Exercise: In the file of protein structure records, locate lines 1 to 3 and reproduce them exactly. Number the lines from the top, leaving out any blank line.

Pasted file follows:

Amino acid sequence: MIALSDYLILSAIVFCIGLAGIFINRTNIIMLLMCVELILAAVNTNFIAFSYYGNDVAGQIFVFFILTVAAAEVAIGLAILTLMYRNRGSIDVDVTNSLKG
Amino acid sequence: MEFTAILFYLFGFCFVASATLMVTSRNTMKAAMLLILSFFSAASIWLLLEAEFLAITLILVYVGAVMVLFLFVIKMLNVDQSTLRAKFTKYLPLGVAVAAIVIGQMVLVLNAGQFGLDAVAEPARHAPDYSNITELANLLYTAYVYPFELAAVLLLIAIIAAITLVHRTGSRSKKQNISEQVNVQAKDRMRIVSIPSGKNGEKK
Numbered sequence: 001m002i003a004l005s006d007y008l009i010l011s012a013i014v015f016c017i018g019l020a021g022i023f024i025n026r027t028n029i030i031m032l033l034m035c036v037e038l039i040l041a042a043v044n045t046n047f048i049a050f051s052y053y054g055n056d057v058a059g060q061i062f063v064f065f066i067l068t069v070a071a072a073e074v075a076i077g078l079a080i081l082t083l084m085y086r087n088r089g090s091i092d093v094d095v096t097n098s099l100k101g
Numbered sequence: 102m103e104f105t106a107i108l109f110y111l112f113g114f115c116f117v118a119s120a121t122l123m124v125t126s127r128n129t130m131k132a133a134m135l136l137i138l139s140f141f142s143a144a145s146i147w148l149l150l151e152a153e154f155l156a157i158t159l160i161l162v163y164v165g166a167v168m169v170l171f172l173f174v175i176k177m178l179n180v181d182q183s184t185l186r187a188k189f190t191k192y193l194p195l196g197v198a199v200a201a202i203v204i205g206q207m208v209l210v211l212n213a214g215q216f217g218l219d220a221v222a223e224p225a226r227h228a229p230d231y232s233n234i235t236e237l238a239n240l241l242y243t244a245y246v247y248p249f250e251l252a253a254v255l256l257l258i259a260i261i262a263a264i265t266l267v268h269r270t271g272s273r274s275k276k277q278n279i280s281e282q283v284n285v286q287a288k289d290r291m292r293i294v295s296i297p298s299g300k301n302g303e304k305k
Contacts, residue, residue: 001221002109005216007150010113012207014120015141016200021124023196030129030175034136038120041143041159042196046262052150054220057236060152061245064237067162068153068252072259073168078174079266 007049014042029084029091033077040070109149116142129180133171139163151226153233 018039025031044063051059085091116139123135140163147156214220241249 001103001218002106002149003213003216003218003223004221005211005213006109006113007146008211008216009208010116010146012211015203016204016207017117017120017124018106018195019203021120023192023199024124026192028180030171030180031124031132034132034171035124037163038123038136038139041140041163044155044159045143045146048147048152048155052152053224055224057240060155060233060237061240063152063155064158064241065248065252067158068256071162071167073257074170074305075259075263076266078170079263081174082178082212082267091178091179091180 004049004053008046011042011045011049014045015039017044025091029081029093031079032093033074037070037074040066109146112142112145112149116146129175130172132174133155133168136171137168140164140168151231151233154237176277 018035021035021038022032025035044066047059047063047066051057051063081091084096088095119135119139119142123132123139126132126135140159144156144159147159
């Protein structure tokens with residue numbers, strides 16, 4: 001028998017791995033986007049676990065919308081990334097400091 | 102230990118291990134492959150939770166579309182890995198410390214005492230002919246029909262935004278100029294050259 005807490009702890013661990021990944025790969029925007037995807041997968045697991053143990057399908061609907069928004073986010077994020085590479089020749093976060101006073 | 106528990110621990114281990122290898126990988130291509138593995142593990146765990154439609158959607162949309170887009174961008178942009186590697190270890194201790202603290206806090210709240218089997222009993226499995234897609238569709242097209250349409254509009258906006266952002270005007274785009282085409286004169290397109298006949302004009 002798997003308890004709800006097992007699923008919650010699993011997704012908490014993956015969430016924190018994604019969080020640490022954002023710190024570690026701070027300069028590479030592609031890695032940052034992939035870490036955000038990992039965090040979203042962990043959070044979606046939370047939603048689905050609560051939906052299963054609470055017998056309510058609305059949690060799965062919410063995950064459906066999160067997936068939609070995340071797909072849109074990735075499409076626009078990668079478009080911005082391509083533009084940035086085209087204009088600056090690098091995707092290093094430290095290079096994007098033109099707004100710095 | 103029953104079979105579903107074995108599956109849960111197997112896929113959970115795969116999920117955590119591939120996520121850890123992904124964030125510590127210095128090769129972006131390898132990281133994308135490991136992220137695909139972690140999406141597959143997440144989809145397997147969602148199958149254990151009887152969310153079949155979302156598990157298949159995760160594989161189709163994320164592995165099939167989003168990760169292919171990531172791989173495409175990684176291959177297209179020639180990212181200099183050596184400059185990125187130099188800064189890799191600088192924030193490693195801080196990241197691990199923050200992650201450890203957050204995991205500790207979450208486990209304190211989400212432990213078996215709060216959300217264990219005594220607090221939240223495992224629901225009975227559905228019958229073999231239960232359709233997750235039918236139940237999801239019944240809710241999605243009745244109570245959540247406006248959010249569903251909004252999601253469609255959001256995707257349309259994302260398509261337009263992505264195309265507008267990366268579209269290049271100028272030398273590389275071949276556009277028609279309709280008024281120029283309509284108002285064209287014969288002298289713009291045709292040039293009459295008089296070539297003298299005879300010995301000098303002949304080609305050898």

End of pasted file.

Amino acid sequence: MIALSDYLILSAIVFCIGLAGIFINRTNIIMLLMCVELILAAVNTNFIAFSYYGNDVAGQIFVFFILTVAAAEVAIGLAILTLMYRNRGSIDVDVTNSLKG
Amino acid sequence: MEFTAILFYLFGFCFVASATLMVTSRNTMKAAMLLILSFFSAASIWLLLEAEFLAITLILVYVGAVMVLFLFVIKMLNVDQSTLRAKFTKYLPLGVAVAAIVIGQMVLVLNAGQFGLDAVAEPARHAPDYSNITELANLLYTAYVYPFELAAVLLLIAIIAAITLVHRTGSRSKKQNISEQVNVQAKDRMRIVSIPSGKNGEKK
Numbered sequence: 001m002i003a004l005s006d007y008l009i010l011s012a013i014v015f016c017i018g019l020a021g022i023f024i025n026r027t028n029i030i031m032l033l034m035c036v037e038l039i040l041a042a043v044n045t046n047f048i049a050f051s052y053y054g055n056d057v058a059g060q061i062f063v064f065f066i067l068t069v070a071a072a073e074v075a076i077g078l079a080i081l082t083l084m085y086r087n088r089g090s091i092d093v094d095v096t097n098s099l100k101g